Children with cochlear implants (CIs) display great variability in their vocabulary outcomes (Majorano et al., 2018), despite early implantation (Boons et al., 2013). Early vocabulary building abilities may be affected by individual differences in music exposure and engagement and in parent musicality, as these factors were found to be associated with language skills in children with typical and atypical development (Ladányi et al., 2020; Nayak et al., 2021; Torppa & Huotilainen, 2019). This study investigates this hypothesis by testing 16 Italian cochlear-implanted children with severe to profound hearing loss before implantation (mean age=16 months, SD=7.7, range=9-32) and three, six, and twelve months after implantation. Children’s vocabulary knowledge was investigated using the MacArthur-Bates-Communication Development Inventory (MB-CDI) and video-recordings of mother-child interactions at each session. Children’s music exposure was recorded continuously over the first year after implantation by the children’s devices and analyzed using data logs. Music exposure and maternal musicality were investigated using additional self-report questionnaires (Müllensiefen et al., 2014; Politimou et al., 2019). Preliminary analyses on the MB-CDI scores with maternal education as covariate showed that mothers’ musicality predicted the expressive vocabulary that children achieved three months after implantation. Linear regressions on children’s receptive vocabulary at three months after implantation showed a significant effect of the average daily exposure received to music in the first three months after implantation. In both cases, adding the additional musical variables in the models on children’s vocabulary significantly improved the proportion of variance explained. These results suggest that inherited musical abilities from mothers and music exposure and engagement in the first few months after implantation are important factors affecting expressive and receptive vocabulary acquisition in infants and toddlers with CIs. These findings support the idea that music activities enhance language development in children with CIs, with important implications for music programs, clinicians, and families.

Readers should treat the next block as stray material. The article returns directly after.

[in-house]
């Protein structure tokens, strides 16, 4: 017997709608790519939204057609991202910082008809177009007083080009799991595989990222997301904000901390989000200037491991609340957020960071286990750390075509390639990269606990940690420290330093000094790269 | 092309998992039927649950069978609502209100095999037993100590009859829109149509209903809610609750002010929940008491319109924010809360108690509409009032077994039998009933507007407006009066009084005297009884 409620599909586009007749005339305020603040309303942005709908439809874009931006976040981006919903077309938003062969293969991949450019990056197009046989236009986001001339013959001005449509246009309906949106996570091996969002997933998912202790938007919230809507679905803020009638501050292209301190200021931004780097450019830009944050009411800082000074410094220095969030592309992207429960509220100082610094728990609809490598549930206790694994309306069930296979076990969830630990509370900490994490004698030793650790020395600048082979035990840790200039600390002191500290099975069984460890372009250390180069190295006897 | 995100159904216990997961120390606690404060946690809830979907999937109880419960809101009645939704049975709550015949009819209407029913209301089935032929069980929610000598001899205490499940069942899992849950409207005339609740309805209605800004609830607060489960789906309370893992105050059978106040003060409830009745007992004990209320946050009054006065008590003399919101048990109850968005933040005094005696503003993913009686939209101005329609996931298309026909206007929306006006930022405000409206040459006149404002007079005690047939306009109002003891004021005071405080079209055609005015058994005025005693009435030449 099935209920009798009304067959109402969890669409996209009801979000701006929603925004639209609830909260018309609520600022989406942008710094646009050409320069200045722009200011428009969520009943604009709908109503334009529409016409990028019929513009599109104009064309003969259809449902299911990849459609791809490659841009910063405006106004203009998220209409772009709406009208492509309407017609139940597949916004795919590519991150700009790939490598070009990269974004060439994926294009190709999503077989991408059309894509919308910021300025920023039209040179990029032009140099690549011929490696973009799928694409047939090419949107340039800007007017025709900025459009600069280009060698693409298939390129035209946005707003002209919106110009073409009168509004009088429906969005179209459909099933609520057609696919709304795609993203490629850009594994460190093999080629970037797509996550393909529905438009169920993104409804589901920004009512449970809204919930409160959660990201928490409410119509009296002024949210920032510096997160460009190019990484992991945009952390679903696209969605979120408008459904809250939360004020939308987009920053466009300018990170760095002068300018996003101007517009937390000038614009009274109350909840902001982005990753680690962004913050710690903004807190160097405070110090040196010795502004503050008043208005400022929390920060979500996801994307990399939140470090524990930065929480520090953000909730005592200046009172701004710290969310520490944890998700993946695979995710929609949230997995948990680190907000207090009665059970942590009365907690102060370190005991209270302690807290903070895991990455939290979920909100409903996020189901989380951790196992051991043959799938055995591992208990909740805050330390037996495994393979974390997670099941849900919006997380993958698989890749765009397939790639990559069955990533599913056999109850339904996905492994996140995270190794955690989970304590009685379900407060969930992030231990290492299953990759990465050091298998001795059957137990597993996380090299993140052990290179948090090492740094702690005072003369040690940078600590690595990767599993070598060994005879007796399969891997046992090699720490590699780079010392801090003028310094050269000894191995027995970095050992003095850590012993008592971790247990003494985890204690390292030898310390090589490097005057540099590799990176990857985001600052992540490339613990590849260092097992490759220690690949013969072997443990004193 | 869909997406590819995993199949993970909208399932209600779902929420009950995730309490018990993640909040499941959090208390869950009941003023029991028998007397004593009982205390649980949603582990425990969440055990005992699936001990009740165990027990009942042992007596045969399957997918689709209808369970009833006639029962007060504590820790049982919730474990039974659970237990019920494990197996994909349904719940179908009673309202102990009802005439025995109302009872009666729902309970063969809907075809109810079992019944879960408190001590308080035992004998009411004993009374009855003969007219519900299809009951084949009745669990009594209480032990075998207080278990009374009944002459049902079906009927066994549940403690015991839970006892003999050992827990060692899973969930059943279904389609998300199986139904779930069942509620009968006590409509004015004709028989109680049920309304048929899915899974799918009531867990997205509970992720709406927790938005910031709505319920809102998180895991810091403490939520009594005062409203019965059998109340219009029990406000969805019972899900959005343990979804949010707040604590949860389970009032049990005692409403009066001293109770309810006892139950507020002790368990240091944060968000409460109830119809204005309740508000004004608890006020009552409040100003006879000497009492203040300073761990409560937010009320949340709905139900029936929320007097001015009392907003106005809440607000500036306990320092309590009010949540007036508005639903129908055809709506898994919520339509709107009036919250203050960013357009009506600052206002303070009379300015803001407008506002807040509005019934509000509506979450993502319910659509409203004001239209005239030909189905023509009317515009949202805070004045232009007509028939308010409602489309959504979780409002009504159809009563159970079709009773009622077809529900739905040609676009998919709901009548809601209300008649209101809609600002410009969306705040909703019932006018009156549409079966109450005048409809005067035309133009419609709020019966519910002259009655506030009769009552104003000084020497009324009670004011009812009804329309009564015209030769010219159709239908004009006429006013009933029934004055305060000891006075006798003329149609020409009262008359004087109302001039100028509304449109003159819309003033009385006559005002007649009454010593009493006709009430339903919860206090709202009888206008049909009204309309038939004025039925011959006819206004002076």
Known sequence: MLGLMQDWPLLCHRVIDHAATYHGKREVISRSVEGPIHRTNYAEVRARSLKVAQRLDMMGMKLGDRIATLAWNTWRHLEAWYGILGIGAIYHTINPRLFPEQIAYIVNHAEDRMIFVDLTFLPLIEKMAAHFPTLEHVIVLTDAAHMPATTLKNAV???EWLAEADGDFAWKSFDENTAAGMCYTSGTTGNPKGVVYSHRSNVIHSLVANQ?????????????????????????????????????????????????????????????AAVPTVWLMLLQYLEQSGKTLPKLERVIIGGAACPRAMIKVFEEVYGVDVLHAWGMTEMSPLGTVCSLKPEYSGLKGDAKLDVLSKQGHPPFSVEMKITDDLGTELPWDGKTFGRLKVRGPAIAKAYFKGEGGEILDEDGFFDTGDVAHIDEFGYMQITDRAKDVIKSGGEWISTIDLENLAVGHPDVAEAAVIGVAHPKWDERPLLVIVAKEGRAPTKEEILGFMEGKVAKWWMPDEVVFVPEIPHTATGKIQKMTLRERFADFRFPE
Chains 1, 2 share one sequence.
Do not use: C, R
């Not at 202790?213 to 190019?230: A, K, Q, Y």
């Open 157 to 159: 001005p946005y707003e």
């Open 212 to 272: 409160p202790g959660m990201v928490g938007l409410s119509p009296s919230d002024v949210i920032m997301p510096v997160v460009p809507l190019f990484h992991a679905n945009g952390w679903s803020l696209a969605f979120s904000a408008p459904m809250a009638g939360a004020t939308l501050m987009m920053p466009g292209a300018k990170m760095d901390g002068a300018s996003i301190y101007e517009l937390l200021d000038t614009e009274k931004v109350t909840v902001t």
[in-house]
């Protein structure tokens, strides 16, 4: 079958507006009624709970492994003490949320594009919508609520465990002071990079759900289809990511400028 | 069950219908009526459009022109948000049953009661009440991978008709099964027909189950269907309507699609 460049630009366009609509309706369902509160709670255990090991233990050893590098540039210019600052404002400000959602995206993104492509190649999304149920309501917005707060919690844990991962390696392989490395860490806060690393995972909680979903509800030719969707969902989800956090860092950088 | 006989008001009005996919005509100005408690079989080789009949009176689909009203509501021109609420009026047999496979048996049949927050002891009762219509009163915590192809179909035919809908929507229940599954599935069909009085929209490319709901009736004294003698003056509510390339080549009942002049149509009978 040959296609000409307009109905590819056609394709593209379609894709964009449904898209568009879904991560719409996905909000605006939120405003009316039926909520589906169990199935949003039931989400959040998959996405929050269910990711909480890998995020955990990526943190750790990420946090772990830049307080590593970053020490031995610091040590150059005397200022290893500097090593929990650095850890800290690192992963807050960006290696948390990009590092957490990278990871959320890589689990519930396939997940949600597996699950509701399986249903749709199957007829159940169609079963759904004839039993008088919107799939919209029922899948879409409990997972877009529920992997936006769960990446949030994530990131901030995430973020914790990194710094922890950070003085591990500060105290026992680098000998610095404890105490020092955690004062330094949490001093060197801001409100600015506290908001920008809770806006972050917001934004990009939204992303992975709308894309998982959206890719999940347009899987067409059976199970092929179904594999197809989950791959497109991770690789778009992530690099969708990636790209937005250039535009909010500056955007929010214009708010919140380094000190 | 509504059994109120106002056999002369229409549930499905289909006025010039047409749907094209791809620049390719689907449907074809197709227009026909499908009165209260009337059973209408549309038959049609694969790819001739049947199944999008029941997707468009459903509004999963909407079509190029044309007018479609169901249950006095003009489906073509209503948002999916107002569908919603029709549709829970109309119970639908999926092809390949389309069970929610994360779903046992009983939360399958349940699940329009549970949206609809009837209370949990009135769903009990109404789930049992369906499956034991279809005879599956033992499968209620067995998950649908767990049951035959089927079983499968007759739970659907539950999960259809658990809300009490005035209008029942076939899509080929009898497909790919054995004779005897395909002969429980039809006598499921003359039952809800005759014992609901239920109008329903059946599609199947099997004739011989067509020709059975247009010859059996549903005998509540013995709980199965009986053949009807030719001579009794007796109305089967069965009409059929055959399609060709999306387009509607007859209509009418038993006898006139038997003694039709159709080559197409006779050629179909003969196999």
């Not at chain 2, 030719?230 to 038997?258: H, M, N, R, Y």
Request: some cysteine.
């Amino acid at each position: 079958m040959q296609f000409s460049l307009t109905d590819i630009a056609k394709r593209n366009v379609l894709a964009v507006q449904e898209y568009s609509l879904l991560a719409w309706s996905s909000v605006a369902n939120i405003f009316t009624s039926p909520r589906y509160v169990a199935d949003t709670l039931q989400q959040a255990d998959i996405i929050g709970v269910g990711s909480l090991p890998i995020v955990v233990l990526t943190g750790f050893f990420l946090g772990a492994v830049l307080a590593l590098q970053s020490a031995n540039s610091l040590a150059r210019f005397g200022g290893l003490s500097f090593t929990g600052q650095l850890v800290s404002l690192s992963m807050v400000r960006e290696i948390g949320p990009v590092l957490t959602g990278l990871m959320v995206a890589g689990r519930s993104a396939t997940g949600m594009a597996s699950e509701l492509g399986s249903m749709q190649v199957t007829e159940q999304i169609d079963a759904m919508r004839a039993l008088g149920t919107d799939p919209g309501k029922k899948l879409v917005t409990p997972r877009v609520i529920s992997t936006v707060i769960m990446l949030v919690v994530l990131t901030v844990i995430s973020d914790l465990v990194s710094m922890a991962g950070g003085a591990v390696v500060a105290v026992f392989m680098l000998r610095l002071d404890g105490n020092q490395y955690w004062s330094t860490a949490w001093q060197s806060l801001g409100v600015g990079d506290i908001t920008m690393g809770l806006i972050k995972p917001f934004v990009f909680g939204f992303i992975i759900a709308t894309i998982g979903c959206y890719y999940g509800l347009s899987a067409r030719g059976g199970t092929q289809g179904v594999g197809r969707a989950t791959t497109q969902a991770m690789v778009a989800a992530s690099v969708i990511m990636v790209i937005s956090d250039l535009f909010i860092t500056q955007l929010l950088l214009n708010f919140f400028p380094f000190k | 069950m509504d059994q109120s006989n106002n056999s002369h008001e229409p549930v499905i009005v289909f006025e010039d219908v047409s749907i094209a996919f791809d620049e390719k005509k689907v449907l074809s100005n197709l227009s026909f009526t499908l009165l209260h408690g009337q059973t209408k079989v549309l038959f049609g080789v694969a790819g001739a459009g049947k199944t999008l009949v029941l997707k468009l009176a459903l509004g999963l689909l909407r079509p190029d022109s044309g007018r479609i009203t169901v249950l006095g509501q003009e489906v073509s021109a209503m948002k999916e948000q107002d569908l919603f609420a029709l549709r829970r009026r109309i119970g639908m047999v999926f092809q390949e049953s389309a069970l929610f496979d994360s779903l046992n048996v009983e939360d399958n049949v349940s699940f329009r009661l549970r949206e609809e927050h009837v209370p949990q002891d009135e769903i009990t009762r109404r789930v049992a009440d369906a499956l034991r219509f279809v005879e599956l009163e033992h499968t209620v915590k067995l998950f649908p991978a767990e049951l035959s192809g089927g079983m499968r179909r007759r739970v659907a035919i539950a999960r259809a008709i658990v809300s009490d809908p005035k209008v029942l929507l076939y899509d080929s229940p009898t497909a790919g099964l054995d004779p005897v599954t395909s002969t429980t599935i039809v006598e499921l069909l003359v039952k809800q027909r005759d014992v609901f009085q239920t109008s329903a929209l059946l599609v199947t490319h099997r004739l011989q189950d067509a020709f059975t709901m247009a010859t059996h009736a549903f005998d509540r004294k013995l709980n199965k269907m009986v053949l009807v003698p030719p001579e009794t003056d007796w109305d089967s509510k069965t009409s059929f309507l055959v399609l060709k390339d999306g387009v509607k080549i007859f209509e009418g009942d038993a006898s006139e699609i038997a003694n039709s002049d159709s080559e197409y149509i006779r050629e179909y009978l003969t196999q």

Are vocabulary outcomes in children with cochlear implants affected by music exposure and maternal musicality?

Persici V.;Santangelo M.;Majorano M.
2022

Abstract

Children with cochlear implants (CIs) display great variability in their vocabulary outcomes (Majorano et al., 2018), despite early implantation (Boons et al., 2013). Early vocabulary building abilities may be affected by individual differences in music exposure and engagement and in parent musicality, as these factors were found to be associated with language skills in children with typical and atypical development (Ladányi et al., 2020; Nayak et al., 2021; Torppa & Huotilainen, 2019). This study investigates this hypothesis by testing 16 Italian cochlear-implanted children with severe to profound hearing loss before implantation (mean age=16 months, SD=7.7, range=9-32) and three, six, and twelve months after implantation. Children’s vocabulary knowledge was investigated using the MacArthur-Bates-Communication Development Inventory (MB-CDI) and video-recordings of mother-child interactions at each session. Children’s music exposure was recorded continuously over the first year after implantation by the children’s devices and analyzed using data logs. Music exposure and maternal musicality were investigated using additional self-report questionnaires (Müllensiefen et al., 2014; Politimou et al., 2019). Preliminary analyses on the MB-CDI scores with maternal education as covariate showed that mothers’ musicality predicted the expressive vocabulary that children achieved three months after implantation. Linear regressions on children’s receptive vocabulary at three months after implantation showed a significant effect of the average daily exposure received to music in the first three months after implantation. In both cases, adding the additional musical variables in the models on children’s vocabulary significantly improved the proportion of variance explained. These results suggest that inherited musical abilities from mothers and music exposure and engagement in the first few months after implantation are important factors affecting expressive and receptive vocabulary acquisition in infants and toddlers with CIs. These findings support the idea that music activities enhance language development in children with CIs, with important implications for music programs, clinicians, and families.
music exposure
vocabulary
cochlear implant
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Utilizza questo identificativo per citare o creare un link a questo documento: https://hdl.handle.net/11562/1064644
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